Renewable Power-to-Heat Hajnówka
Conducting a feasibility study to remove barriers to the introduction of a renewable power-to-heat system in the Polish district of Hajnówka.
08/21 - 06/23
Local governments, Consumers, National governments, General public, Public sector
While the energy supply sector continues to contribute an enormous share of greenhouse gas emissions, recent years have shown significant progress in decarbonisation efforts. However, this observation calls for a differentiation between sub-sectors: while progress is notable regarding electricity generation, this does not apply to the heating sector. Studies estimate that the heating of buildings and water account for one third of the EU’s emissions, calling for an effective decarbonation of the heating sector. This is true for Poland in particular, which is currently the country with the largest usage of coal in the heating sector.
The project team develops a solution to this problem in the pilot region of Hajnówka in eastern Poland. Efforts focus on the introduction of a renewable power-to-heat system which feeds the excess electricity of regional wind and solar power station into Hajnówka’s district heating system. Thus, renewable energy would replace coal, which is currently used to power the heating system. This has the double advantage of advancing decarbonisation while at the same time progressing energy system integration.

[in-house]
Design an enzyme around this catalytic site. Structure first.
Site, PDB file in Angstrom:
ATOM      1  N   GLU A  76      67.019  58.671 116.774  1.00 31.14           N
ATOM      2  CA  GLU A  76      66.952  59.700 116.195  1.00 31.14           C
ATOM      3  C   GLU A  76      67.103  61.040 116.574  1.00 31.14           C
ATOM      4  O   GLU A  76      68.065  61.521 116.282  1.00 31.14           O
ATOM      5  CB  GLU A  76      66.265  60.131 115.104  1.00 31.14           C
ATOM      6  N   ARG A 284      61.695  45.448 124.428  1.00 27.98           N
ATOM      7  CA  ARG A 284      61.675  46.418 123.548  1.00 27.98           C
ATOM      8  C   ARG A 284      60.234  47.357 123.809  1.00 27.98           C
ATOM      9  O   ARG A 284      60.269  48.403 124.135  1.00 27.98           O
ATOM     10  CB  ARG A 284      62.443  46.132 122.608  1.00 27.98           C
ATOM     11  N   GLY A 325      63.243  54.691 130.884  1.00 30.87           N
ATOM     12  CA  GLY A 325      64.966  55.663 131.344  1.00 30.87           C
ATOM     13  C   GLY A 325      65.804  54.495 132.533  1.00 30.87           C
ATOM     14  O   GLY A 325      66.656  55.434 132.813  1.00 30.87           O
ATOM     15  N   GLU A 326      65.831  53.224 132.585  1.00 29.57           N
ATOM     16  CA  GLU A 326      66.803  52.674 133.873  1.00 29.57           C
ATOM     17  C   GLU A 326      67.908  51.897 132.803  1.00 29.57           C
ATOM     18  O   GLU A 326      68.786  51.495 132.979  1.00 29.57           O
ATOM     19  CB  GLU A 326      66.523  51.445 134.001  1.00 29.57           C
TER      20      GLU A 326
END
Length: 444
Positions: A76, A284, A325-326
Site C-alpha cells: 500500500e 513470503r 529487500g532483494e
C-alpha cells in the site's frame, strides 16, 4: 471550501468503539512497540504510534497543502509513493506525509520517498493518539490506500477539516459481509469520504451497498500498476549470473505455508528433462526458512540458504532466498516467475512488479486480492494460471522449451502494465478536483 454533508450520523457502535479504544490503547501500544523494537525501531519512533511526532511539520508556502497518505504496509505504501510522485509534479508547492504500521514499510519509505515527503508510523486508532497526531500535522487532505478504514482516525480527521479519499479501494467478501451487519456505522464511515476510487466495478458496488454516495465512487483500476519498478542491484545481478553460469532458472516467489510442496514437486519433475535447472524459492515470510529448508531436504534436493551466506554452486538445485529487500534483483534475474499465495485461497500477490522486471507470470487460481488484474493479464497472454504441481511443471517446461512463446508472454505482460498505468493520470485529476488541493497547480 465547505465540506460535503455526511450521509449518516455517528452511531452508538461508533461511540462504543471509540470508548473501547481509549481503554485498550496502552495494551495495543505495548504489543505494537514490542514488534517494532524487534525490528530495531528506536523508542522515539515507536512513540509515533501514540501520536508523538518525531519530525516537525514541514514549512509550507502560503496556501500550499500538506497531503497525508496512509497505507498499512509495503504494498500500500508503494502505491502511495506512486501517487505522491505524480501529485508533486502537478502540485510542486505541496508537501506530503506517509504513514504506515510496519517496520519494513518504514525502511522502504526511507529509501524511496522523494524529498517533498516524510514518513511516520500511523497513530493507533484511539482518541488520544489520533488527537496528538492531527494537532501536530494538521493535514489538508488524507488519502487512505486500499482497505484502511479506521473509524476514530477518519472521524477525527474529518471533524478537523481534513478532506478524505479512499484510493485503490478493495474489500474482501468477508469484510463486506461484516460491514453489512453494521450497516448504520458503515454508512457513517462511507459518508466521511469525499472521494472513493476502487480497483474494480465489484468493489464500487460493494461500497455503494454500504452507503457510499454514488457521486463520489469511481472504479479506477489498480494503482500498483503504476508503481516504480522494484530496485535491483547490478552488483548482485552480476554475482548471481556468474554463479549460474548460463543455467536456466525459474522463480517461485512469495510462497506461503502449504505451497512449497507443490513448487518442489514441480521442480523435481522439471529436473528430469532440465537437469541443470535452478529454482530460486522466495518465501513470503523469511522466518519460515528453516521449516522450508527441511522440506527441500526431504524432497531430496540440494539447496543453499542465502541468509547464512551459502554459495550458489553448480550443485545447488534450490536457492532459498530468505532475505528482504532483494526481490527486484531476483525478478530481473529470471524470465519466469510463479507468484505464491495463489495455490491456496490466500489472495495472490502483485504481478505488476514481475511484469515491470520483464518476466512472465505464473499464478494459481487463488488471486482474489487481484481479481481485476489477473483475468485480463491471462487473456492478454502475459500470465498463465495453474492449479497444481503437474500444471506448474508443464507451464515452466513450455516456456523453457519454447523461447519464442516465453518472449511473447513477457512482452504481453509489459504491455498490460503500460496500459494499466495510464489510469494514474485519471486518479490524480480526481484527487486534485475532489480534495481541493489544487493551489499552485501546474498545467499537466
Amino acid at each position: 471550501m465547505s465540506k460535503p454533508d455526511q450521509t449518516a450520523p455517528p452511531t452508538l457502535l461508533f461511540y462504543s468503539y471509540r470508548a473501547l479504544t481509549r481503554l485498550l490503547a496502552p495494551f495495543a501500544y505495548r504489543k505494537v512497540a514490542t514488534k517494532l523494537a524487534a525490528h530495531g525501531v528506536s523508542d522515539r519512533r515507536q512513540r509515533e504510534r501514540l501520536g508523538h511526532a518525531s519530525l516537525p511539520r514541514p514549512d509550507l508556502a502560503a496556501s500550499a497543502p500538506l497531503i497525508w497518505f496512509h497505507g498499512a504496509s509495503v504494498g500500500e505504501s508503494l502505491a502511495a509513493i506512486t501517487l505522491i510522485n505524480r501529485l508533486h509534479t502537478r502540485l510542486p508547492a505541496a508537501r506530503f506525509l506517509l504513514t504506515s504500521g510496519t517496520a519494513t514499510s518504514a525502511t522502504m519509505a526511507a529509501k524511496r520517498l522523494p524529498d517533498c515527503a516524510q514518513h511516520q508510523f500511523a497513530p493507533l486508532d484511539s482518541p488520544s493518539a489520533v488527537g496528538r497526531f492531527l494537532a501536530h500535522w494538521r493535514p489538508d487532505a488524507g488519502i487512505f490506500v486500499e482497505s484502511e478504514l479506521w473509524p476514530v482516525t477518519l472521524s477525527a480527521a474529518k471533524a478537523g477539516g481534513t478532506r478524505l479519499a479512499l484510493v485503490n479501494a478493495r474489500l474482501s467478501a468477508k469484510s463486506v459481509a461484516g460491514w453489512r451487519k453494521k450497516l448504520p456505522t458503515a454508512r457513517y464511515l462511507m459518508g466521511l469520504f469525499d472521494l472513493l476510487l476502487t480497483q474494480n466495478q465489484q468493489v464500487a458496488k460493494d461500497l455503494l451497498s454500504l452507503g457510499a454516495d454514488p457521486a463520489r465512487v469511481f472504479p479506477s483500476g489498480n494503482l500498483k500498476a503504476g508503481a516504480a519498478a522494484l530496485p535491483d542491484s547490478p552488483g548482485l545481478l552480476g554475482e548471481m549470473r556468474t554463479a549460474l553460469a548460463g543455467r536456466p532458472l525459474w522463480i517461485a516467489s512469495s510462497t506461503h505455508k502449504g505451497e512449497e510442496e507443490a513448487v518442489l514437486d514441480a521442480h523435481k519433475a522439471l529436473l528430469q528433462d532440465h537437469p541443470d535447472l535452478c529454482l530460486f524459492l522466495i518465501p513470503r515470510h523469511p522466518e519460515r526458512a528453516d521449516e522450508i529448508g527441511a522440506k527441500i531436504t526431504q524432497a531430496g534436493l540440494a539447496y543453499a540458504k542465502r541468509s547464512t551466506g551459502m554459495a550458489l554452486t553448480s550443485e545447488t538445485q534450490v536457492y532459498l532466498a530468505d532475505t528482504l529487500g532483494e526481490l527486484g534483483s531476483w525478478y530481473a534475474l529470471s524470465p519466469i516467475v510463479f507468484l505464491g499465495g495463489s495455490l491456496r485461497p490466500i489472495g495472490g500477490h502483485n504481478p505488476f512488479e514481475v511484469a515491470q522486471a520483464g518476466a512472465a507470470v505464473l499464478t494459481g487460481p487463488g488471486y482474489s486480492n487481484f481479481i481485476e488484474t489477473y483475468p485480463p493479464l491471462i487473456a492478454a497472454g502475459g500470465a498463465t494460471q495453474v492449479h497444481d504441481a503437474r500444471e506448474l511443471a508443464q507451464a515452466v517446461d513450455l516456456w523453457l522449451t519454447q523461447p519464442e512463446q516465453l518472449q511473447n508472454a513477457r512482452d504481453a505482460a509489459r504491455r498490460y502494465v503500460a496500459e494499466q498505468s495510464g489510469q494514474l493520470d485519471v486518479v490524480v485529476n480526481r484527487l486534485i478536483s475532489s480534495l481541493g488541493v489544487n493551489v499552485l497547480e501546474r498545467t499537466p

The introduction of a renewable power-to-heat-system constitutes a technological and economic challenge. As a means of proposing solutions on how to overcome these challenges on the basis of a concrete example, the project team develops a feasibility study. The study identifies and addresses concrete barriers which have so far prevented the modernisation of the local heating system. These barriers include lack of infrastructure planning capacities, outdated building codes, and lack of skilled labour to install and maintain the systems. By providing solutions to these issues, the study furthermore paves the way for public and private investments, addressing the additional barrier of insufficient financial resources. After successful completion of the project, the feasibility study can double as a realisation plan for fully decarbonised integrated heating systems in other Polish regions. The project also serves as a best practice example on how to develop a climate-friendly district heating system. Other regions can replicate this example and thus contribute significantly to the decarbonisation of the Polish heating sector.